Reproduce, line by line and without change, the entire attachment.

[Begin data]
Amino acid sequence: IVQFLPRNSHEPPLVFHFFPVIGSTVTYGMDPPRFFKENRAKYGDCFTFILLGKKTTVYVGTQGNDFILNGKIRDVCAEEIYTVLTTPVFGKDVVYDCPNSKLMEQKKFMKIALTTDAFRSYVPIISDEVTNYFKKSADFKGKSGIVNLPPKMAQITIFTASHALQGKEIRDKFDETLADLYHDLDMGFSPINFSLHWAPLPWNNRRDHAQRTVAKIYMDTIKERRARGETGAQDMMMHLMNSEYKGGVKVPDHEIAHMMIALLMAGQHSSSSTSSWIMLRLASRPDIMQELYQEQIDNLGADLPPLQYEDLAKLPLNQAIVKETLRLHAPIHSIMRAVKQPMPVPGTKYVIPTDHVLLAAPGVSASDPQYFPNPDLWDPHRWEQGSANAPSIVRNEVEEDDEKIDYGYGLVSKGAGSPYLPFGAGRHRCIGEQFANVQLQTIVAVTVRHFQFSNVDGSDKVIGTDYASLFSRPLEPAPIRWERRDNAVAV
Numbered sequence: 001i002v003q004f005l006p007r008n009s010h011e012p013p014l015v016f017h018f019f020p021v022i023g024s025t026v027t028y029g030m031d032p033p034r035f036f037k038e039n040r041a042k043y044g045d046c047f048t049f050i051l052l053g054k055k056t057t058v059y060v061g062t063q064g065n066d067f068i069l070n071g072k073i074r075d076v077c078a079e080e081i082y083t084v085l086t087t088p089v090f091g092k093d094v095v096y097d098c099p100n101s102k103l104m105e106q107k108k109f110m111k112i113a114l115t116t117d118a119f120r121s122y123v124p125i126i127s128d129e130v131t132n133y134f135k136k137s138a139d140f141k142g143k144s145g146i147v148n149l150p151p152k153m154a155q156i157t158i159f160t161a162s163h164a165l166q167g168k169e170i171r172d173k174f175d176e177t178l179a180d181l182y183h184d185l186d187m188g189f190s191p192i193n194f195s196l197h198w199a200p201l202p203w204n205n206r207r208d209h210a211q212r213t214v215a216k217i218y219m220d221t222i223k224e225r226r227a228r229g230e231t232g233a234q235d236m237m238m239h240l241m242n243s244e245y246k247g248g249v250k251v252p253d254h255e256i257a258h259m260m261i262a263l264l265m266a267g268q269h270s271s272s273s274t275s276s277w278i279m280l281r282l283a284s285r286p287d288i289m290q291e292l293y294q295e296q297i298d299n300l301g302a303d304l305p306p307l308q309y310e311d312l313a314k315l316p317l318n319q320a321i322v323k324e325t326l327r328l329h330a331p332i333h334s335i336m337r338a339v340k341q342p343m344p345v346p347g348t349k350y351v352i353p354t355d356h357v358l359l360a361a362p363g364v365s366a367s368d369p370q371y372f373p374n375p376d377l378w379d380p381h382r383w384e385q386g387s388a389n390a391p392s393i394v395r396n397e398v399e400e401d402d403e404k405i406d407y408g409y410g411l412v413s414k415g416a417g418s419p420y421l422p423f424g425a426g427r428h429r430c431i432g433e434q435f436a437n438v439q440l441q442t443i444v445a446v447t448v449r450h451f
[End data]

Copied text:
Amino acid sequence: IVQFLPRNSHEPPLVFHFFPVIGSTVTYGMDPPRFFKENRAKYGDCFTFILLGKKTTVYVGTQGNDFILNGKIRDVCAEEIYTVLTTPVFGKDVVYDCPNSKLMEQKKFMKIALTTDAFRSYVPIISDEVTNYFKKSADFKGKSGIVNLPPKMAQITIFTASHALQGKEIRDKFDETLADLYHDLDMGFSPINFSLHWAPLPWNNRRDHAQRTVAKIYMDTIKERRARGETGAQDMMMHLMNSEYKGGVKVPDHEIAHMMIALLMAGQHSSSSTSSWIMLRLASRPDIMQELYQEQIDNLGADLPPLQYEDLAKLPLNQAIVKETLRLHAPIHSIMRAVKQPMPVPGTKYVIPTDHVLLAAPGVSASDPQYFPNPDLWDPHRWEQGSANAPSIVRNEVEEDDEKIDYGYGLVSKGAGSPYLPFGAGRHRCIGEQFANVQLQTIVAVTVRHFQFSNVDGSDKVIGTDYASLFSRPLEPAPIRWERRDNAVAV
Numbered sequence: 001i002v003q004f005l006p007r008n009s010h011e012p013p014l015v016f017h018f019f020p021v022i023g024s025t026v027t028y029g030m031d032p033p034r035f036f037k038e039n040r041a042k043y044g045d046c047f048t049f050i051l052l053g054k055k056t057t058v059y060v061g062t063q064g065n066d067f068i069l070n071g072k073i074r075d076v077c078a079e080e081i082y083t084v085l086t087t088p089v090f091g092k093d094v095v096y097d098c099p100n101s102k103l104m105e106q107k108k109f110m111k112i113a114l115t116t117d118a119f120r121s122y123v124p125i126i127s128d129e130v131t132n133y134f135k136k137s138a139d140f141k142g143k144s145g146i147v148n149l150p151p152k153m154a155q156i157t158i159f160t161a162s163h164a165l166q167g168k169e170i171r172d173k174f175d176e177t178l179a180d181l182y183h184d185l186d187m188g189f190s191p192i193n194f195s196l197h198w199a200p201l202p203w204n205n206r207r208d209h210a211q212r213t214v215a216k217i218y219m220d221t222i223k224e225r226r227a228r229g230e231t232g233a234q235d236m237m238m239h240l241m242n243s244e245y246k247g248g249v250k251v252p253d254h255e256i257a258h259m260m261i262a263l264l265m266a267g268q269h270s271s272s273s274t275s276s277w278i279m280l281r282l283a284s285r286p287d288i289m290q291e292l293y294q295e296q297i298d299n300l301g302a303d304l305p306p307l308q309y310e311d312l313a314k315l316p317l318n319q320a321i322v323k324e325t326l327r328l329h330a331p332i333h334s335i336m337r338a339v340k341q342p343m344p345v346p347g348t349k350y351v352i353p354t355d356h357v358l359l360a361a362p363g364v365s366a367s368d369p370q371y372f373p374n375p376d377l378w379d380p381h382r383w384e385q386g387s388a389n390a391p392s393i394v395r396n397e398v399e400e401d402d403e404k405i406d407y408g409y410g411l412v413s414k415g416a417g418s419p420y421l422p423f424g425a426g427r428h429r430c431i432g433e434q435f436a437n438v439q440l441q442t443i444v445a446v447t448v449r450h451f